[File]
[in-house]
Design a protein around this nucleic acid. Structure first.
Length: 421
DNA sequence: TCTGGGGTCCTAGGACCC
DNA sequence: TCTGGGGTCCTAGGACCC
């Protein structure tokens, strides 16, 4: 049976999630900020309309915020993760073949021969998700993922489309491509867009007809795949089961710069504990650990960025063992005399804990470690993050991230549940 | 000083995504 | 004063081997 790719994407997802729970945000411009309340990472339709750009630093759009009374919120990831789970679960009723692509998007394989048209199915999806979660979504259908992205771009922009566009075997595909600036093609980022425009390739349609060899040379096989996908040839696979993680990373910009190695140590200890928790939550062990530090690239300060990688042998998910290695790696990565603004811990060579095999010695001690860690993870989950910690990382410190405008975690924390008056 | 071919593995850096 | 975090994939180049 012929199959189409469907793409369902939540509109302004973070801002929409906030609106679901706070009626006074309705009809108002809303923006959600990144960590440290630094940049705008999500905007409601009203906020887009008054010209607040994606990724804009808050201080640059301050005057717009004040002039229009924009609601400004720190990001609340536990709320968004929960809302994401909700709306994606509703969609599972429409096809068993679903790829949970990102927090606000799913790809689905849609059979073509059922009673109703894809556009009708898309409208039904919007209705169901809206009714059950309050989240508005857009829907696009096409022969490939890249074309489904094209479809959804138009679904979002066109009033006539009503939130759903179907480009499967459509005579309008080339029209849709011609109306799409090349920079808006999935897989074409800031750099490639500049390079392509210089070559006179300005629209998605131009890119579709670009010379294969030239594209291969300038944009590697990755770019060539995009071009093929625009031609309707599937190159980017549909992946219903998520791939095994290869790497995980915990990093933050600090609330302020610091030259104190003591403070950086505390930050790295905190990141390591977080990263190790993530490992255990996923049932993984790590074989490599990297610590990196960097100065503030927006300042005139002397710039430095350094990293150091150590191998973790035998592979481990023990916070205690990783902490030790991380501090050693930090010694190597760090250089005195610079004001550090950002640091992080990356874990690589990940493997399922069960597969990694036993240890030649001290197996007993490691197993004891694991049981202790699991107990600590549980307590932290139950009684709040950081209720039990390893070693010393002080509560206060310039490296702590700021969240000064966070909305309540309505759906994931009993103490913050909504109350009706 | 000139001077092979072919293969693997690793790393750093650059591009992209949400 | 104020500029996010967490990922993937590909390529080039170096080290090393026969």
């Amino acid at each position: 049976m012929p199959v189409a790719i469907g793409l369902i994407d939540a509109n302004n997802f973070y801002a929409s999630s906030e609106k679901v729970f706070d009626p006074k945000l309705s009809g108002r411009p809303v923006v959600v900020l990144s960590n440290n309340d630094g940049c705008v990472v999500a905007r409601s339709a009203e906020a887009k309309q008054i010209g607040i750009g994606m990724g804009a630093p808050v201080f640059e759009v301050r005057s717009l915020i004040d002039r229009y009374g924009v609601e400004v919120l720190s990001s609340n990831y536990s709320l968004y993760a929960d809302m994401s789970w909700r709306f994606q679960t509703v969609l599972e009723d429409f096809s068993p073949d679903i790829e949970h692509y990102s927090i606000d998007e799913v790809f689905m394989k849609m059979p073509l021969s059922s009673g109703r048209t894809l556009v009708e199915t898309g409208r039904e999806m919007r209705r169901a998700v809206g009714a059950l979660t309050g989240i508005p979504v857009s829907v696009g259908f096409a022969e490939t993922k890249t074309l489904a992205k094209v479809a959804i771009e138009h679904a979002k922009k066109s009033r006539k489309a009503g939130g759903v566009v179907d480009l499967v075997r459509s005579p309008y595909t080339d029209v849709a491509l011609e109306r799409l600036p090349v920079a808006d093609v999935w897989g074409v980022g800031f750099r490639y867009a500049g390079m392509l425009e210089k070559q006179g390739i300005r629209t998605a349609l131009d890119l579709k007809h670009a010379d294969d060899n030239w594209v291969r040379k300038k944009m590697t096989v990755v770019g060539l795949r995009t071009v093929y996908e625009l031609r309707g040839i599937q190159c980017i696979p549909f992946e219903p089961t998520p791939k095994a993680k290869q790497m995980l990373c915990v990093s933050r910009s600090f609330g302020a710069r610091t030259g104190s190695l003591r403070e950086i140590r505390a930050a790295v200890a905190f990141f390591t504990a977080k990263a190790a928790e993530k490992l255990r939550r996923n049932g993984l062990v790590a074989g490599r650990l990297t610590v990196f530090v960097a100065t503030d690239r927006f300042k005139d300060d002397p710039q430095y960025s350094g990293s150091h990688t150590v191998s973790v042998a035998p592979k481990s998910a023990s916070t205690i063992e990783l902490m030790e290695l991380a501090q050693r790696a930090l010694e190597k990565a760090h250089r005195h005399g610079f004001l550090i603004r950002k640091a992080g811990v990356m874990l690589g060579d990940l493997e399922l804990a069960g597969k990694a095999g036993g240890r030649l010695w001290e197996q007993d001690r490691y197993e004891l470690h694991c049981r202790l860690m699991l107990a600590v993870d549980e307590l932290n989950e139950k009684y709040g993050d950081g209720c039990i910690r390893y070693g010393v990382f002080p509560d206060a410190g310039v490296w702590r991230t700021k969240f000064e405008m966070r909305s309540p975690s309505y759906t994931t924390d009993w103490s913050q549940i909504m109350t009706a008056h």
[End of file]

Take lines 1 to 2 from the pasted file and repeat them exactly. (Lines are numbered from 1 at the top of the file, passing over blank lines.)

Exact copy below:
[in-house]
Design a protein around this nucleic acid. Structure first.